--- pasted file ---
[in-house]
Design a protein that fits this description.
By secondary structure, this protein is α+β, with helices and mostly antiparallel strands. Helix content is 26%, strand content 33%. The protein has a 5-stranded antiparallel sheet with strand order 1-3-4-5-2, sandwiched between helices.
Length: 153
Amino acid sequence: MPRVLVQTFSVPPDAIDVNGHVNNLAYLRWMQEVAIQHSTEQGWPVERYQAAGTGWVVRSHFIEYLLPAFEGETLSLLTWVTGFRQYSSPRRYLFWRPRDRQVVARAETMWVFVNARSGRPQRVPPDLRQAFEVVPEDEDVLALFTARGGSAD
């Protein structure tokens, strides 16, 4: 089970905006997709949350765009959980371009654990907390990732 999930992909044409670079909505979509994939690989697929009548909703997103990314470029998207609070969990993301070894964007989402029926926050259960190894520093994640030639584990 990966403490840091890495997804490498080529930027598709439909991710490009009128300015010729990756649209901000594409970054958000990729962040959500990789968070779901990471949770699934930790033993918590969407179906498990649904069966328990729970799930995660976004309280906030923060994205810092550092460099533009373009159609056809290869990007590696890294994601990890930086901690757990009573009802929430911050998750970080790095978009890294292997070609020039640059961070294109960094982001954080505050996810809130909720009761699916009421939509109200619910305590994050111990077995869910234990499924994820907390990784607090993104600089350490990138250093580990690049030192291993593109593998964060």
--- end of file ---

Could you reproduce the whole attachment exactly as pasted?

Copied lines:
[in-house]
Design a protein that fits this description.
By secondary structure, this protein is α+β, with helices and mostly antiparallel strands. Helix content is 26%, strand content 33%. The protein has a 5-stranded antiparallel sheet with strand order 1-3-4-5-2, sandwiched between helices.
Length: 153
Amino acid sequence: MPRVLVQTFSVPPDAIDVNGHVNNLAYLRWMQEVAIQHSTEQGWPVERYQAAGTGWVVRSHFIEYLLPAFEGETLSLLTWVTGFRQYSSPRRYLFWRPRDRQVVARAETMWVFVNARSGRPQRVPPDLRQAFEVVPEDEDVLALFTARGGSAD
């Protein structure tokens, strides 16, 4: 089970905006997709949350765009959980371009654990907390990732 999930992909044409670079909505979509994939690989697929009548909703997103990314470029998207609070969990993301070894964007989402029926926050259960190894520093994640030639584990 990966403490840091890495997804490498080529930027598709439909991710490009009128300015010729990756649209901000594409970054958000990729962040959500990789968070779901990471949770699934930790033993918590969407179906498990649904069966328990729970799930995660976004309280906030923060994205810092550092460099533009373009159609056809290869990007590696890294994601990890930086901690757990009573009802929430911050998750970080790095978009890294292997070609020039640059961070294109960094982001954080505050996810809130909720009761699916009421939509109200619910305590994050111990077995869910234990499924994820907390990784607090993104600089350490990138250093580990690049030192291993593109593998964060």